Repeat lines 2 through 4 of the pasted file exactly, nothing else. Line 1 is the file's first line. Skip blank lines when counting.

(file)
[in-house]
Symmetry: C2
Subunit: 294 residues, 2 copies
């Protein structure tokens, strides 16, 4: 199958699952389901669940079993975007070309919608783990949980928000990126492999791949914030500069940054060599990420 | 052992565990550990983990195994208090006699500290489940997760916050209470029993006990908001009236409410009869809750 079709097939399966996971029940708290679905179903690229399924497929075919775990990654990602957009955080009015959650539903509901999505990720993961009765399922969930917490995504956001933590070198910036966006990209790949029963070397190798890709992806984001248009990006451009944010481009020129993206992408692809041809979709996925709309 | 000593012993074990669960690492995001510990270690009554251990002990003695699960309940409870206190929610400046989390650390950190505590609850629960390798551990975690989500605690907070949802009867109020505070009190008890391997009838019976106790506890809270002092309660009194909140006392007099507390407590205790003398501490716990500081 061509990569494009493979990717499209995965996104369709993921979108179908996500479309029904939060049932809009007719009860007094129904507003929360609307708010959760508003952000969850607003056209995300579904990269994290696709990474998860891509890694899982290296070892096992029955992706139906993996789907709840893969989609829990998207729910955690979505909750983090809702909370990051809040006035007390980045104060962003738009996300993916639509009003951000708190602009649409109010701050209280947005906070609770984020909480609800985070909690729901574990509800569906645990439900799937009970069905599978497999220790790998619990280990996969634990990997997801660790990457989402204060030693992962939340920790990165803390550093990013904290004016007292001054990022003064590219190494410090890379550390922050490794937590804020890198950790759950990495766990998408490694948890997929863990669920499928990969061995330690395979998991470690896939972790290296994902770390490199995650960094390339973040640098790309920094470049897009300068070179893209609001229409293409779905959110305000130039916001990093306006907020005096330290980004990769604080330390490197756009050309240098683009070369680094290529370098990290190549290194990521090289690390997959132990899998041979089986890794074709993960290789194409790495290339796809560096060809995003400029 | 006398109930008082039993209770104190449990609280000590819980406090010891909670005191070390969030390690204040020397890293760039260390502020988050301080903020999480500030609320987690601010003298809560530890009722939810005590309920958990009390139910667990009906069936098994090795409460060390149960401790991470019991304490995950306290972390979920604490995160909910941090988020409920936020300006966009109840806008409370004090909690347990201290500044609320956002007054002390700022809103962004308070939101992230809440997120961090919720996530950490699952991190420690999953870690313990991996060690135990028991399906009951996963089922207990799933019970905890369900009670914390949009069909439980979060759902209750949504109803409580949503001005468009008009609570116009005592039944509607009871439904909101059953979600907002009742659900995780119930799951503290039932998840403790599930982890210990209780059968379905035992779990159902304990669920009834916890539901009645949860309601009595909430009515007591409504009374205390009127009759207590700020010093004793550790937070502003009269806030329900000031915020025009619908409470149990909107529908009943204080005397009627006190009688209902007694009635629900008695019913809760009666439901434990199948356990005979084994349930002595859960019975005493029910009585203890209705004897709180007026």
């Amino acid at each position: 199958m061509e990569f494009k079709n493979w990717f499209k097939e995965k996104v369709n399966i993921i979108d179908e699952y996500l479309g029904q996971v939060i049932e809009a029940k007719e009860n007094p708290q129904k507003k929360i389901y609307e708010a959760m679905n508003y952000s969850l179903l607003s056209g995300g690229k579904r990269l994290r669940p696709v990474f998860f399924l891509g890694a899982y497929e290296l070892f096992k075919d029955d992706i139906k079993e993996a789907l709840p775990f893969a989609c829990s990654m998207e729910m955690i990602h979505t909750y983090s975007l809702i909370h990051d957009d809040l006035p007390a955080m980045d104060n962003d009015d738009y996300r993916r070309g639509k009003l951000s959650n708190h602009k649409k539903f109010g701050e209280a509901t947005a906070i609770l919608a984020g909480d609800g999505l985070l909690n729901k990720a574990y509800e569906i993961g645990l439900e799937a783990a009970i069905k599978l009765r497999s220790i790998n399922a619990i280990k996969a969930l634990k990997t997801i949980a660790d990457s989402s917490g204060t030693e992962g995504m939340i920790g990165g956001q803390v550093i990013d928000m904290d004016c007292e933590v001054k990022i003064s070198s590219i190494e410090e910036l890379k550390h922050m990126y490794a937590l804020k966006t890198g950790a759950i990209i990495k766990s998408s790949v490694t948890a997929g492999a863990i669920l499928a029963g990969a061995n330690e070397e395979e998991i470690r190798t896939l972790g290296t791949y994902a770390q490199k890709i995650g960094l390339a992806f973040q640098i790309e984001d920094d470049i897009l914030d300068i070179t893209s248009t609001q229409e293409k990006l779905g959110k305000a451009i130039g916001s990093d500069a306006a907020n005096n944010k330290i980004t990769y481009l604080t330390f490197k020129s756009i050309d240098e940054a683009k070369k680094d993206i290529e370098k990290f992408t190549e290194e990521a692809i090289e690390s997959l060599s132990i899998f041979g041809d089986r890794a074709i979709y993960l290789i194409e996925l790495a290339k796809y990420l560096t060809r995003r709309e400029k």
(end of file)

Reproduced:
Symmetry: C2
Subunit: 294 residues, 2 copies
């Protein structure tokens, strides 16, 4: 199958699952389901669940079993975007070309919608783990949980928000990126492999791949914030500069940054060599990420 | 052992565990550990983990195994208090006699500290489940997760916050209470029993006990908001009236409410009869809750 079709097939399966996971029940708290679905179903690229399924497929075919775990990654990602957009955080009015959650539903509901999505990720993961009765399922969930917490995504956001933590070198910036966006990209790949029963070397190798890709992806984001248009990006451009944010481009020129993206992408692809041809979709996925709309 | 000593012993074990669960690492995001510990270690009554251990002990003695699960309940409870206190929610400046989390650390950190505590609850629960390798551990975690989500605690907070949802009867109020505070009190008890391997009838019976106790506890809270002092309660009194909140006392007099507390407590205790003398501490716990500081 061509990569494009493979990717499209995965996104369709993921979108179908996500479309029904939060049932809009007719009860007094129904507003929360609307708010959760508003952000969850607003056209995300579904990269994290696709990474998860891509890694899982290296070892096992029955992706139906993996789907709840893969989609829990998207729910955690979505909750983090809702909370990051809040006035007390980045104060962003738009996300993916639509009003951000708190602009649409109010701050209280947005906070609770984020909480609800985070909690729901574990509800569906645990439900799937009970069905599978497999220790790998619990280990996969634990990997997801660790990457989402204060030693992962939340920790990165803390550093990013904290004016007292001054990022003064590219190494410090890379550390922050490794937590804020890198950790759950990495766990998408490694948890997929863990669920499928990969061995330690395979998991470690896939972790290296994902770390490199995650960094390339973040640098790309920094470049897009300068070179893209609001229409293409779905959110305000130039916001990093306006907020005096330290980004990769604080330390490197756009050309240098683009070369680094290529370098990290190549290194990521090289690390997959132990899998041979089986890794074709993960290789194409790495290339796809560096060809995003400029 | 006398109930008082039993209770104190449990609280000590819980406090010891909670005191070390969030390690204040020397890293760039260390502020988050301080903020999480500030609320987690601010003298809560530890009722939810005590309920958990009390139910667990009906069936098994090795409460060390149960401790991470019991304490995950306290972390979920604490995160909910941090988020409920936020300006966009109840806008409370004090909690347990201290500044609320956002007054002390700022809103962004308070939101992230809440997120961090919720996530950490699952991190420690999953870690313990991996060690135990028991399906009951996963089922207990799933019970905890369900009670914390949009069909439980979060759902209750949504109803409580949503001005468009008009609570116009005592039944509607009871439904909101059953979600907002009742659900995780119930799951503290039932998840403790599930982890210990209780059968379905035992779990159902304990669920009834916890539901009645949860309601009595909430009515007591409504009374205390009127009759207590700020010093004793550790937070502003009269806030329900000031915020025009619908409470149990909107529908009943204080005397009627006190009688209902007694009635629900008695019913809760009666439901434990199948356990005979084994349930002595859960019975005493029910009585203890209705004897709180007026």